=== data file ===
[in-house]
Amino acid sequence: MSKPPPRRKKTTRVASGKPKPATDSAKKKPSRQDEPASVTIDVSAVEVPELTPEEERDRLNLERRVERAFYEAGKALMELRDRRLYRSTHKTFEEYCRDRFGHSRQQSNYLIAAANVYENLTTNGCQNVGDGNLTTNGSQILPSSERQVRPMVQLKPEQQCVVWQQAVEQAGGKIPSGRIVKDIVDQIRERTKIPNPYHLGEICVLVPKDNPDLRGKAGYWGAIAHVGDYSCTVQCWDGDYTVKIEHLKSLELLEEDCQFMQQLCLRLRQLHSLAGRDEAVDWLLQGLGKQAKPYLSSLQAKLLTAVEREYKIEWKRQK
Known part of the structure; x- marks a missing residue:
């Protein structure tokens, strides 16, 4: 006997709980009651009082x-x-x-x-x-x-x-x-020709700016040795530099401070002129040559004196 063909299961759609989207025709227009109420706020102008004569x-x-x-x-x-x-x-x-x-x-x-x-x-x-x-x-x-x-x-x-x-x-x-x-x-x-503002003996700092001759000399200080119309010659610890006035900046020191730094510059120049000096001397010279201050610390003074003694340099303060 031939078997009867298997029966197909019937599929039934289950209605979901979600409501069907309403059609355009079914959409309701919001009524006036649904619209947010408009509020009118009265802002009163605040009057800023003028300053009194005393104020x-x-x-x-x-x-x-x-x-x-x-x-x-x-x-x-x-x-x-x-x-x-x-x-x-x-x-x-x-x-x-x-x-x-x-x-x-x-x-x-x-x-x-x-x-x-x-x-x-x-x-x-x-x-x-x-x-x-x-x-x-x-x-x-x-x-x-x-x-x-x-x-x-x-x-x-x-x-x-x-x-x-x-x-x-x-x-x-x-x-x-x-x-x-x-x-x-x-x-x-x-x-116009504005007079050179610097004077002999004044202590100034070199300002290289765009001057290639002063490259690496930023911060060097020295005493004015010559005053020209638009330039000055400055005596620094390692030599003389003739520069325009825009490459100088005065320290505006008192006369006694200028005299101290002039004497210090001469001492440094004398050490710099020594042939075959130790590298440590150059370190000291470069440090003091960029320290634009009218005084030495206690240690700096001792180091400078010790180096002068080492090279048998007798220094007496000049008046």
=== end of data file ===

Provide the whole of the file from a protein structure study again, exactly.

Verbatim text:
[in-house]
Amino acid sequence: MSKPPPRRKKTTRVASGKPKPATDSAKKKPSRQDEPASVTIDVSAVEVPELTPEEERDRLNLERRVERAFYEAGKALMELRDRRLYRSTHKTFEEYCRDRFGHSRQQSNYLIAAANVYENLTTNGCQNVGDGNLTTNGSQILPSSERQVRPMVQLKPEQQCVVWQQAVEQAGGKIPSGRIVKDIVDQIRERTKIPNPYHLGEICVLVPKDNPDLRGKAGYWGAIAHVGDYSCTVQCWDGDYTVKIEHLKSLELLEEDCQFMQQLCLRLRQLHSLAGRDEAVDWLLQGLGKQAKPYLSSLQAKLLTAVEREYKIEWKRQK
Known part of the structure; x- marks a missing residue:
């Protein structure tokens, strides 16, 4: 006997709980009651009082x-x-x-x-x-x-x-x-020709700016040795530099401070002129040559004196 063909299961759609989207025709227009109420706020102008004569x-x-x-x-x-x-x-x-x-x-x-x-x-x-x-x-x-x-x-x-x-x-x-x-x-x-503002003996700092001759000399200080119309010659610890006035900046020191730094510059120049000096001397010279201050610390003074003694340099303060 031939078997009867298997029966197909019937599929039934289950209605979901979600409501069907309403059609355009079914959409309701919001009524006036649904619209947010408009509020009118009265802002009163605040009057800023003028300053009194005393104020x-x-x-x-x-x-x-x-x-x-x-x-x-x-x-x-x-x-x-x-x-x-x-x-x-x-x-x-x-x-x-x-x-x-x-x-x-x-x-x-x-x-x-x-x-x-x-x-x-x-x-x-x-x-x-x-x-x-x-x-x-x-x-x-x-x-x-x-x-x-x-x-x-x-x-x-x-x-x-x-x-x-x-x-x-x-x-x-x-x-x-x-x-x-x-x-x-x-x-x-x-x-116009504005007079050179610097004077002999004044202590100034070199300002290289765009001057290639002063490259690496930023911060060097020295005493004015010559005053020209638009330039000055400055005596620094390692030599003389003739520069325009825009490459100088005065320290505006008192006369006694200028005299101290002039004497210090001469001492440094004398050490710099020594042939075959130790590298440590150059370190000291470069440090003091960029320290634009009218005084030495206690240690700096001792180091400078010790180096002068080492090279048998007798220094007496000049008046």